Saturday, May 14, 2011
This is a link to a great discussion of "The Help" from the program "Tell Me More" on npr. It gives the perspective of different people on this best selling book. To summarize the discussion, one of the maids in the book bears a striking resemblance to a maid in Ms. Stockett's own family. There is also a discussion of the accents in the book, the white characters do not have disernable accents, but the characters of color do.
I think that the npr discussion brings up many good points. The reaction to the novel tends to be different from people of different races. And I think the notion of going to a job versus actually caring about where you work and the people you work for is intriguing. This is a sensitive topic. An employee may want to give the impression that "they care", but in the end, if the boss is asking, is the question invalid? Will employees really tell the truth, particularly if their job is on the line. My take is they will not. But that's not to say that there aren't amazing people who love their jobs, and love what they do. I simply don't think that assumption can be made for everyone.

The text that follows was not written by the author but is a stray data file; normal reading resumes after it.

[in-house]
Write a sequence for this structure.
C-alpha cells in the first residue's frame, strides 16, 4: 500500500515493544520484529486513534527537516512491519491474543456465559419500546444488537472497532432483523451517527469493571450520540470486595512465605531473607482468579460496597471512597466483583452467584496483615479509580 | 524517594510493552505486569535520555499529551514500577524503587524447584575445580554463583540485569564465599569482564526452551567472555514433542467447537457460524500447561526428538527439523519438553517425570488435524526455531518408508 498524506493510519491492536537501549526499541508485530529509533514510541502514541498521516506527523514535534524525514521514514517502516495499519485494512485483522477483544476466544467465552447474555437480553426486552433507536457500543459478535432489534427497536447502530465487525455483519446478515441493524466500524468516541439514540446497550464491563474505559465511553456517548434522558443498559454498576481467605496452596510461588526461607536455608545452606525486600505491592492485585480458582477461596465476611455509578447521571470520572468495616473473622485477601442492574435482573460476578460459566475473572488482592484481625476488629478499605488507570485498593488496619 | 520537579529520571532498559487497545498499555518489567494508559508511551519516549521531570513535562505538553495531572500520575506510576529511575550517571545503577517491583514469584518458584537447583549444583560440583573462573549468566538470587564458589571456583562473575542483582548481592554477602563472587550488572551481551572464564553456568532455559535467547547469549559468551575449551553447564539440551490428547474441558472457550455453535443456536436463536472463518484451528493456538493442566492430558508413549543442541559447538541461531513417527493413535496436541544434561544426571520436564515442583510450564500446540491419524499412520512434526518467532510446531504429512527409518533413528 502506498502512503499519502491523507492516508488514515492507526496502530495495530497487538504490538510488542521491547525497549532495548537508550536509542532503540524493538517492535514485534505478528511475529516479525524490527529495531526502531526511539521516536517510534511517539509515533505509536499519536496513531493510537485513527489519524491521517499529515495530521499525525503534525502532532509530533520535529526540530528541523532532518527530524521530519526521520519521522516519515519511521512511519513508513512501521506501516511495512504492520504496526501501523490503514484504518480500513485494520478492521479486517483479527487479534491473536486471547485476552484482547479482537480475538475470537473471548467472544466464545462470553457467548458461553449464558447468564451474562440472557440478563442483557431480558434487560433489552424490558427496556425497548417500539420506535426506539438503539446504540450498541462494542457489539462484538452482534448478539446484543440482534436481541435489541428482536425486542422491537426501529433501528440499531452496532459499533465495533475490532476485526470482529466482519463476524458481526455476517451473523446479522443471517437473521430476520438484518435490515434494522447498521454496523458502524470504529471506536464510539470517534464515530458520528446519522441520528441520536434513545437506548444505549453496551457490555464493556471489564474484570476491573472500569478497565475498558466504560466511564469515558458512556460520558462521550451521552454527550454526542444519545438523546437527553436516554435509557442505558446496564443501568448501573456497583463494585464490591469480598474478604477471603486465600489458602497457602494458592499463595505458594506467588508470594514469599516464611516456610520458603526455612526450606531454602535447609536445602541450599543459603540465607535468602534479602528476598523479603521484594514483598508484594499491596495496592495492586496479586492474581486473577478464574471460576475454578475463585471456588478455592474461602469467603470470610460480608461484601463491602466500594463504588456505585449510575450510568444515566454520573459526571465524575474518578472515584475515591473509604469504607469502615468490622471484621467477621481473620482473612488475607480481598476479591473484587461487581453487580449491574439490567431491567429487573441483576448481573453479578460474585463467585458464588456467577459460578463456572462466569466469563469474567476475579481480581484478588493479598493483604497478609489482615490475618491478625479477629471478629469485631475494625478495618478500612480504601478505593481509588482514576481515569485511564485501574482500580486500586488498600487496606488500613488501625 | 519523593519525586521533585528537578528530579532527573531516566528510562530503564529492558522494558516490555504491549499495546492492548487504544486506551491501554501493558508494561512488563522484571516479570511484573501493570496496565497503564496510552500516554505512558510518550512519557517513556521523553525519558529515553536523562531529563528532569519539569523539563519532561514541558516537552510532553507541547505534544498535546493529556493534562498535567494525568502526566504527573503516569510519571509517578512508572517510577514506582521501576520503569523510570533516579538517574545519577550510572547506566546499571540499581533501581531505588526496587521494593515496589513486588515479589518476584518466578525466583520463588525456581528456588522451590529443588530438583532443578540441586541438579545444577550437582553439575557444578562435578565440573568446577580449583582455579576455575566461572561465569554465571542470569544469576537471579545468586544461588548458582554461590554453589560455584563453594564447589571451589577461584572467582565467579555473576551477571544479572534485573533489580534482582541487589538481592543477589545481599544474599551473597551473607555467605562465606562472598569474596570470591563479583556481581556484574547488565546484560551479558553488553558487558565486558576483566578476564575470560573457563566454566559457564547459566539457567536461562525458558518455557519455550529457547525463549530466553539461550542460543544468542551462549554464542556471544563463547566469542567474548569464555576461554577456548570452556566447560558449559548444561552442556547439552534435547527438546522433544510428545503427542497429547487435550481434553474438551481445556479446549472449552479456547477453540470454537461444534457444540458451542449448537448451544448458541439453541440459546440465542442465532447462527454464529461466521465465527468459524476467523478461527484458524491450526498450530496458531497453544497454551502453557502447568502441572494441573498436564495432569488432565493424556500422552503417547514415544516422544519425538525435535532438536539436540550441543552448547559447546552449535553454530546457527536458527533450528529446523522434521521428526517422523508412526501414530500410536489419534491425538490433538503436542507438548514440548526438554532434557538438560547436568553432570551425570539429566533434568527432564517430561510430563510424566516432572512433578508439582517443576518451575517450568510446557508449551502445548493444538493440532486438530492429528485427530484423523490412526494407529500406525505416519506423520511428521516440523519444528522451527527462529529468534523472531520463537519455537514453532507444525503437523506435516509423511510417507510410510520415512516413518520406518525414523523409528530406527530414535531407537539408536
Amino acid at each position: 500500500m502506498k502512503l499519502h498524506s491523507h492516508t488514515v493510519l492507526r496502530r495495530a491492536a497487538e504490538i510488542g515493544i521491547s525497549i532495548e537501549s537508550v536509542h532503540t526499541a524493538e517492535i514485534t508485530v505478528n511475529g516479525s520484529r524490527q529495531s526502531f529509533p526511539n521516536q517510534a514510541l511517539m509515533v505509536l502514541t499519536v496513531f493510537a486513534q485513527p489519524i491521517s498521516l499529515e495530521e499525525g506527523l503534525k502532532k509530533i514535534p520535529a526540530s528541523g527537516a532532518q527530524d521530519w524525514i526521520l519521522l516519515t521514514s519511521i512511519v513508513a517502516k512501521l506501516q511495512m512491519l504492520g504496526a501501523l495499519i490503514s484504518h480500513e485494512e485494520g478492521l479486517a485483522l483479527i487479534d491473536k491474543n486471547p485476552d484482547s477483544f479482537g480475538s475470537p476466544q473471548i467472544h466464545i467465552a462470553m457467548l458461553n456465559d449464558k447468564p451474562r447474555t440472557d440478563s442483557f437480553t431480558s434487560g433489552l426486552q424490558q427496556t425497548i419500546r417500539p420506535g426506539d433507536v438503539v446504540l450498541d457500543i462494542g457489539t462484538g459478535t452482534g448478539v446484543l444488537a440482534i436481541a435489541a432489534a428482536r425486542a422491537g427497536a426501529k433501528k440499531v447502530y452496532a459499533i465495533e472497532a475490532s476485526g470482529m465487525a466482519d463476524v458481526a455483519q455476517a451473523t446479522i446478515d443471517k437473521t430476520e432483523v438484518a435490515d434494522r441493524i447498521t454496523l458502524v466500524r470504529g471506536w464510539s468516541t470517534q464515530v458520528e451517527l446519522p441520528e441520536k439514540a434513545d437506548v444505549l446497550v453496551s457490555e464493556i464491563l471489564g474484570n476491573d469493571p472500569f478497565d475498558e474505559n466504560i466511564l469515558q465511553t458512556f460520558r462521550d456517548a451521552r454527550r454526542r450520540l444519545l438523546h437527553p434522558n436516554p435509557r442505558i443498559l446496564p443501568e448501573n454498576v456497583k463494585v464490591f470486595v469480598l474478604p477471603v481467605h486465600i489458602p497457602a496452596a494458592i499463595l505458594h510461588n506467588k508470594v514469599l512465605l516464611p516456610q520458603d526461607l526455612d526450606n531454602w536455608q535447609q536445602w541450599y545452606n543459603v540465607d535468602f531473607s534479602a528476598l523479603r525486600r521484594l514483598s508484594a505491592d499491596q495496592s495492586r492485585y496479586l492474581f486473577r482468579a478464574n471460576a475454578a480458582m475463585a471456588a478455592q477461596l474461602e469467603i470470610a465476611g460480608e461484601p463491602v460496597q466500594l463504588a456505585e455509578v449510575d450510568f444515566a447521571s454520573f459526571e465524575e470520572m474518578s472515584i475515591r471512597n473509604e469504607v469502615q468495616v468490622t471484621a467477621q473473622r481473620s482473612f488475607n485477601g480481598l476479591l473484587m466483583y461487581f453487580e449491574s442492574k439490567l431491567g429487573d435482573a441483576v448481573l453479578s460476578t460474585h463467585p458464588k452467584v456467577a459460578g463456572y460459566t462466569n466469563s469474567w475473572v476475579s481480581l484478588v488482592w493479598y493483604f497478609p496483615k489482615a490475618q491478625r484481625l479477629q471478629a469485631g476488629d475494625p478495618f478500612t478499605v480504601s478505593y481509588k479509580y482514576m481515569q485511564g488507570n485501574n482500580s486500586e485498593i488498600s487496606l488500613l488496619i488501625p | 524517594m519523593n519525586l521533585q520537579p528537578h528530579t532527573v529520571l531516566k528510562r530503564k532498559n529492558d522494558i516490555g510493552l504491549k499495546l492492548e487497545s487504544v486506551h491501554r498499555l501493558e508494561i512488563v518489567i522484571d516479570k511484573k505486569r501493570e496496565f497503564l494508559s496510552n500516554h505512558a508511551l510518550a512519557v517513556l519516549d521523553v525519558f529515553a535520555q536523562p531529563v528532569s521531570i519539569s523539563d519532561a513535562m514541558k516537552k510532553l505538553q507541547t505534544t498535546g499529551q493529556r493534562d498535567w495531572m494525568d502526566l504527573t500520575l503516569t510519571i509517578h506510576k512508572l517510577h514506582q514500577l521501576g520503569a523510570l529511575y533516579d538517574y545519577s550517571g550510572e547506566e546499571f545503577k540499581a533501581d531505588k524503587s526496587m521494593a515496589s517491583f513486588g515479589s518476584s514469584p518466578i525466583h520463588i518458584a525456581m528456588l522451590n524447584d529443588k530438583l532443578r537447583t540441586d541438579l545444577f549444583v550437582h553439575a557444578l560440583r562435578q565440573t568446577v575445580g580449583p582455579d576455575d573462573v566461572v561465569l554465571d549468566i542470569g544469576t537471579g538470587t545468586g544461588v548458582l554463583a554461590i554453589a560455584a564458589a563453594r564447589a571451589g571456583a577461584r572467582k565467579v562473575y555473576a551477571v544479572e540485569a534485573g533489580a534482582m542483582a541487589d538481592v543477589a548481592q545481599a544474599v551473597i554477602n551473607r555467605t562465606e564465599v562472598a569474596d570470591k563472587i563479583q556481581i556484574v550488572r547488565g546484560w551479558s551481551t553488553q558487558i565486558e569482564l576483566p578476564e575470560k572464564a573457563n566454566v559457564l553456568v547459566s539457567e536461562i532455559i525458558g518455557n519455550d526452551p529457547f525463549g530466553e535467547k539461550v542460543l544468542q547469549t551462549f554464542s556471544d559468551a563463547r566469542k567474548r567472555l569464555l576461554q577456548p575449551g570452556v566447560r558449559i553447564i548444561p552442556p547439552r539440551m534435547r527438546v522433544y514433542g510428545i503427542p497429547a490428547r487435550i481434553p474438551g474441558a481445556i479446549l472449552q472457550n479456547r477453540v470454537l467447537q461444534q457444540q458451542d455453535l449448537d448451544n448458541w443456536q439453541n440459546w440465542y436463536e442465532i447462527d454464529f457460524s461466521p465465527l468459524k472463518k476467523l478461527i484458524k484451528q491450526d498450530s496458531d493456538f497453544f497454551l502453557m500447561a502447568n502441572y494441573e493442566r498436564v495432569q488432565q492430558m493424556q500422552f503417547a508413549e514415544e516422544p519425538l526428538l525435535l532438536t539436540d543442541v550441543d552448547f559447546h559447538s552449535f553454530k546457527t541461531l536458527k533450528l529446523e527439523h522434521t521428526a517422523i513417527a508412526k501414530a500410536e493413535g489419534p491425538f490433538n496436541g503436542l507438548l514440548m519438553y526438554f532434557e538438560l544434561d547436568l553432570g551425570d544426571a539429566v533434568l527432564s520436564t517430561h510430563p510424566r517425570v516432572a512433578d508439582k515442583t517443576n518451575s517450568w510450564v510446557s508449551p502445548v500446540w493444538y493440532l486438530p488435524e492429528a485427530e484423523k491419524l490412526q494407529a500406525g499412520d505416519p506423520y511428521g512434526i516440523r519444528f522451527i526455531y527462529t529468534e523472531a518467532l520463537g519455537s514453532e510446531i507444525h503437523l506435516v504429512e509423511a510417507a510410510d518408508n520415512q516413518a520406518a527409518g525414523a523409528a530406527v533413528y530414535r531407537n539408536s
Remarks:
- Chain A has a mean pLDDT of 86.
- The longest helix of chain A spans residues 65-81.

I agree with the discussion that an author does have a responsibility to change identifying characteristics about their characters. However, the line between fiction and non fiction is blurred. I have seen books considered "non fiction" memoirs that seemed like fiction and fiction that made a person question if the stories were real or not. Chanson wrote a great post about authors and how auto-biographical their fiction can be here.
Overall, as this book has become wildly popular with book clubs, I was prepared not to like Stockett's book. But it was engaging and the story well written. The women "told truth to power" (in the civil rights South) , and any stories like that (fiction or non-fiction) I support.